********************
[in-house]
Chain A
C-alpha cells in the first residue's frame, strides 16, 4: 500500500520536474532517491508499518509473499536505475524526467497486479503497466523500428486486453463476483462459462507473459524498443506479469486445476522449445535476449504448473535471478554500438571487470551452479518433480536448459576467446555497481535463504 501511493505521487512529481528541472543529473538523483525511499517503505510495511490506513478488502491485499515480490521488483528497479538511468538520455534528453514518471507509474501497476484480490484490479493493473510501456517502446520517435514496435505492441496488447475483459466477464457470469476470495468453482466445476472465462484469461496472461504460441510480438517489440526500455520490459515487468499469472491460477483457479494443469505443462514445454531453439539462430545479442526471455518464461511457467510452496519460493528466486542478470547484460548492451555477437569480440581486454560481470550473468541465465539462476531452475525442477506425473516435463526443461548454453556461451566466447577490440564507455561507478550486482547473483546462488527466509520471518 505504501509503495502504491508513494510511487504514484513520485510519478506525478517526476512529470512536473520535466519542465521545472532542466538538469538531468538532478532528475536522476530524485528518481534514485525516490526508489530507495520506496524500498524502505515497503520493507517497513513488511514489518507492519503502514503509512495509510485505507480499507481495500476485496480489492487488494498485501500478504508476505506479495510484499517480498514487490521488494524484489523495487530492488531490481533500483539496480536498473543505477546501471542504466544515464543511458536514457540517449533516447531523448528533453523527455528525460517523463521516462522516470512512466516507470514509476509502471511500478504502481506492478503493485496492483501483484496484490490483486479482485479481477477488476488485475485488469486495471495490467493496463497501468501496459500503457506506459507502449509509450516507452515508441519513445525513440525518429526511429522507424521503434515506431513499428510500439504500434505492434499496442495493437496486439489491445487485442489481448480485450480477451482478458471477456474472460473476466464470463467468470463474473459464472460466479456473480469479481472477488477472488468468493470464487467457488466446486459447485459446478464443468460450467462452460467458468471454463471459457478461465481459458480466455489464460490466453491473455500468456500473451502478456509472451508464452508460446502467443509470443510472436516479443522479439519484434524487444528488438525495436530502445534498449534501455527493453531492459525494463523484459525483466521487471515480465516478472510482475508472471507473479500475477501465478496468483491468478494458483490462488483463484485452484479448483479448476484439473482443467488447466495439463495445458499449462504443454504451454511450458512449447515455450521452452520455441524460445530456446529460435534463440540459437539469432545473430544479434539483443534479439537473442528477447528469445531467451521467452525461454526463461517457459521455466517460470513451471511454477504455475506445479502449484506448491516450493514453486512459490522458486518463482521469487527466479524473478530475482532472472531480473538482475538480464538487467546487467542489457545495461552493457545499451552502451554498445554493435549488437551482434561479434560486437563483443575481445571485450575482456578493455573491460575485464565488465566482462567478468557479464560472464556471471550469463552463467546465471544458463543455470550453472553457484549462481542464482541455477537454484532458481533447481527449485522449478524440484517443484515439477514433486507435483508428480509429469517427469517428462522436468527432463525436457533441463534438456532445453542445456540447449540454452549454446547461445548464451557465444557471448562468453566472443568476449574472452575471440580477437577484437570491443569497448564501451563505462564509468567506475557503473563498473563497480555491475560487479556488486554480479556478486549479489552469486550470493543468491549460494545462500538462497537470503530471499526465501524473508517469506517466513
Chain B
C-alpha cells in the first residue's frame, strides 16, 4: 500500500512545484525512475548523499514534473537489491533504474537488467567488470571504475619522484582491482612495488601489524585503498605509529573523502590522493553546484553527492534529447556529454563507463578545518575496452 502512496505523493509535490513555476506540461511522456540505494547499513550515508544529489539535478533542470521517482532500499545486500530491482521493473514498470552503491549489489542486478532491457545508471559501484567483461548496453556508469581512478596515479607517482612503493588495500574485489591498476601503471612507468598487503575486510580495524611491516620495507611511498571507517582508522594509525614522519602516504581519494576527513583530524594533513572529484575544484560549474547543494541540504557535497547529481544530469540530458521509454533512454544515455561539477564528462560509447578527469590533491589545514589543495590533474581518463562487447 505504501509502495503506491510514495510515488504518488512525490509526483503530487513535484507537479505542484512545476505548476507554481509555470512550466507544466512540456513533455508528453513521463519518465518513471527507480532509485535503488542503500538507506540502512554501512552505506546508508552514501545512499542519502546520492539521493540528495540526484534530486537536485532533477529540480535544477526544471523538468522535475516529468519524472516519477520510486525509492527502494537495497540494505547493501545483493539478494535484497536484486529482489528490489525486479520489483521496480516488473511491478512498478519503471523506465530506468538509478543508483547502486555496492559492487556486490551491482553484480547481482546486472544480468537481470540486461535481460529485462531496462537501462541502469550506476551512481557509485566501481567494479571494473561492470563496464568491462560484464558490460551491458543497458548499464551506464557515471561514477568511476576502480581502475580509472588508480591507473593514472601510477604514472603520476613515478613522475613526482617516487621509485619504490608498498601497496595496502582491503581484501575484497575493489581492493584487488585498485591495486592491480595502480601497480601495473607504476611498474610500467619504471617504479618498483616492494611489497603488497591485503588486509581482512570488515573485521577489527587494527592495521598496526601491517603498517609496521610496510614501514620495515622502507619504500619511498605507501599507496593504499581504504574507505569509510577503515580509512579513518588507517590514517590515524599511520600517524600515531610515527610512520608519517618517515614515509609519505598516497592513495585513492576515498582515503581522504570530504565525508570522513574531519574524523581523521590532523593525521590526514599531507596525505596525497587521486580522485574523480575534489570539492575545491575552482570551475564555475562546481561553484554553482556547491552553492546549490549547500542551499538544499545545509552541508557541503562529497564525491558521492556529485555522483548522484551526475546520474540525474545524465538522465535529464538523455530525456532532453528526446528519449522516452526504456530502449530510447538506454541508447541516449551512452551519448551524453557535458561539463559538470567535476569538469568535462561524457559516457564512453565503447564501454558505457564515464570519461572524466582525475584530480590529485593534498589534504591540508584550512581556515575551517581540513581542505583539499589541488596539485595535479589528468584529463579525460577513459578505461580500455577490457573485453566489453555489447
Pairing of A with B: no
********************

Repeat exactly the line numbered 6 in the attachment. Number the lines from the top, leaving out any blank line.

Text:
Pairing of A with B: no